Bill leaves a grateful and loving daughter-in-law, Minister Shelia L. Speed Fortson, who he taught true joy. He leaves his granddaughter, Daryl Patrice Fortson of Miami, Florida, and his grandsons Larry I. Ford ( Lakaiia Russell) of Las Vegas, Nevada, and Benjamin William Scott Fortson of Miami, Florida; his former daughter-in-law Kimberly Moore Fortson of Miami, Florida, the mother of his grandchildren; the children and grandchildren of Shelia’s daughter Marquita Lottie of Indianapolis, Indiana – Antonia (Larry) Ingram and their children Carmelo and Armani of Las Vegas, Nevada; Danielle Lottie and her daughter Aliyah of Las Vegas, Nevada; Willie T. Graves of Indianapolis, IN and his son King; and Jamaica Bleu Laster of Indianapolis, IN and her sons Desmond and Yisrael; nieces and nephews Donna Lewis Stanley (Michael) and Don K. “Kenny” Lewis of Silver Spring, MD; Pam Lewis Rudden (Stephen “Beanz”) of London, UK and Los Angeles, CA, and The Honorable Robbyn T. Lewis of the Maryland House of Delegates of Baltimore, MD; Atty. Tracey Lewis of Silver Spring, MD, Wendy Lewis of Baltimore, MD, who were in many ways the daughters Bill never had but his brother-in-law Bill Lewis trusted him enough to share, and sisters-in-law Gladys S. Lewis of Townson, MD (mother of the above) and Karen S. Lewis of Dyer, IN; Don Eric Lewis (Laurie) of Silver Spring, MD; Terry Lynn Lewis of Silver Spring, MD and their mother, Mrs. Ellen Lewis of Silver Spring, MD.; Roland B. Lewis of Los Angeles, CA (whose success in Hollywood was the topic of his last conversation with his son before his passing), Kimberly C. Lewis of Atlanta, Georgia, and his sisters-in-law Barbara Lewis of Atlanta, GA. (mother of the above; Gregory B. Lewis of Gary, IN and his mother Mildred Lewis of Gary, IN, and young William R. Lewis of Durham, NC and his mother Joanne; his 2nd cousin, Dawn Matthews of Chicago, Illinois; his cousin-in-laws and childhood friends Harold Williams (Betty), and their children Harold Jr. (“Georgie”), Karen, and Lloyd Gregory Williams (Stephenie), all of Houston, TX; David Hodges (Andrea), III (wife) and their son David IV and Jonathan of St. Louis, Missouri; Ann Hodges Mullins (Herb) of St. Louis, MO and their children Chris Mullins (Sika) of Ft. Lauderdale, FL and Shelley Mullins of St. Louis, MO; Annette “Ninny” (Ronald) Shaw of St. Louis, MO; two godchildren - Bernard Long, Jr. of Belleville, IL. and Alaina Long Kamkwalala (Tonnie) of Florissant, MO; and their mother Bernadette Long of Belleville, widow of Bill’s childhood friend Bernard Long, Sr; and his dear friend, Edna Sanders of Chicago, IL, and her daughter Leslie and Lanice Sanders of Chicago, IL as well.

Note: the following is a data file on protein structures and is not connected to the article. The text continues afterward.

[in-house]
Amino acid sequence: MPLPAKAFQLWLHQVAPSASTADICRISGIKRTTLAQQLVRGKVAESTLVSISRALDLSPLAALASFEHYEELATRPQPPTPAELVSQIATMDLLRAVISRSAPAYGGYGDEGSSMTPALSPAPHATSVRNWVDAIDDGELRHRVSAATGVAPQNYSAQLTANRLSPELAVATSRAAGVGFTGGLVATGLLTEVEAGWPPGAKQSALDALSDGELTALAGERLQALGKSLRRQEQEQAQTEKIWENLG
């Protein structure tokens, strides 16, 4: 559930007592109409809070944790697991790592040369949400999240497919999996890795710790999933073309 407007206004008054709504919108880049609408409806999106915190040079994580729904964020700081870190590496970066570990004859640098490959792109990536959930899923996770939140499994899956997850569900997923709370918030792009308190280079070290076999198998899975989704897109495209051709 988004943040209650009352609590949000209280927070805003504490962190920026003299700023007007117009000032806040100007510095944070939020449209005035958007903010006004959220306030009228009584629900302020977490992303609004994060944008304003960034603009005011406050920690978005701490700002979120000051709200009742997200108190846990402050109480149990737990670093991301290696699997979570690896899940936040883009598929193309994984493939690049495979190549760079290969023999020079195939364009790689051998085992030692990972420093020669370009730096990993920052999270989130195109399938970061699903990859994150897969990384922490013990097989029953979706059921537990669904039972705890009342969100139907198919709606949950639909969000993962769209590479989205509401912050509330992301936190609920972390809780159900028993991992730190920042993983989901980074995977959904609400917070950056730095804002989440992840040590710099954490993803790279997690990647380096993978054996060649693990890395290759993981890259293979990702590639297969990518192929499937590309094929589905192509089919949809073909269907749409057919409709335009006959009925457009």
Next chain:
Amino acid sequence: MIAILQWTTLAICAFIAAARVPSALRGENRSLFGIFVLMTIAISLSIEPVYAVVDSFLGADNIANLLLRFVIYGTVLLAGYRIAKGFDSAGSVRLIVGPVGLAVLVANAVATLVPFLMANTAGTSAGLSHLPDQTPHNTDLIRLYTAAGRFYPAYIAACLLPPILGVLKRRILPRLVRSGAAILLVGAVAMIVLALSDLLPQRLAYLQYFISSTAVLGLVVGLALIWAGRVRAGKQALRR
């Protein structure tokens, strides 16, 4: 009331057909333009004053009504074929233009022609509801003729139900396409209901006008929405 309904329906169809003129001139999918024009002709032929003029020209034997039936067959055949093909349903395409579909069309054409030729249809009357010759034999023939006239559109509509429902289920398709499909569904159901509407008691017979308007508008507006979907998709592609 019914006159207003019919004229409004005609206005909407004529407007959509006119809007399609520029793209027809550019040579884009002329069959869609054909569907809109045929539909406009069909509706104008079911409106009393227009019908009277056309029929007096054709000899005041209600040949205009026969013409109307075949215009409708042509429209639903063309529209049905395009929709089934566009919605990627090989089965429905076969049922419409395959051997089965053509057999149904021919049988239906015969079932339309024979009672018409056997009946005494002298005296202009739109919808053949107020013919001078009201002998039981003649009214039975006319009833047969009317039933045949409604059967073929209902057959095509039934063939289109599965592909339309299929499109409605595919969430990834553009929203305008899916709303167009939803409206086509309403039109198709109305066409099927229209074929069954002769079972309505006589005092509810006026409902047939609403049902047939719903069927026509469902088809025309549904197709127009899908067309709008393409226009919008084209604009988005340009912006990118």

He leaves the laughter of his son’s friends every time his name is mentioned, recalling the hilarity of the things he used to say; Dr. Keith R. Allen (Somvang “Sam”) of Springfield, MO; Dr. Steven Bowman (Karen) of Chicago, IL; L. Bradford Cooper (Robin) of Chicago, IL, who was his dear and faithful visitor when no family member could be during their geographic absence from Indiana, and Guy A. Mason (Rena) of Chicago, IL.
We express our heartfelt gratitude to the physicians, providers, and staff of Munster Med Inn and Community Hospital in Munster, IN and to his faithful nurse Mona Bell who not only cared for him in Indiana, but travelled to see him while visiting Las Vegas; Sunrise Hospital and Desert Springs Hospital in Las Vegas, Nevada, and the Nevada State Veterans Nursing Home in Boulder City, NV who provided OUTSTANDING care to Bill in the latter years of his life.
Thank you all. And thank you, Jesus, for the life of William E. Fortson!
In lieu of flowers, the family requests that donations be made to:
P.O. Box 81863
Las Vegas, NV
Monday, December 4th, 2017
Southern Nevada Veterans Memorial Cemetery
1900 Veterans Memorial Drive
Boulder City, NV 89005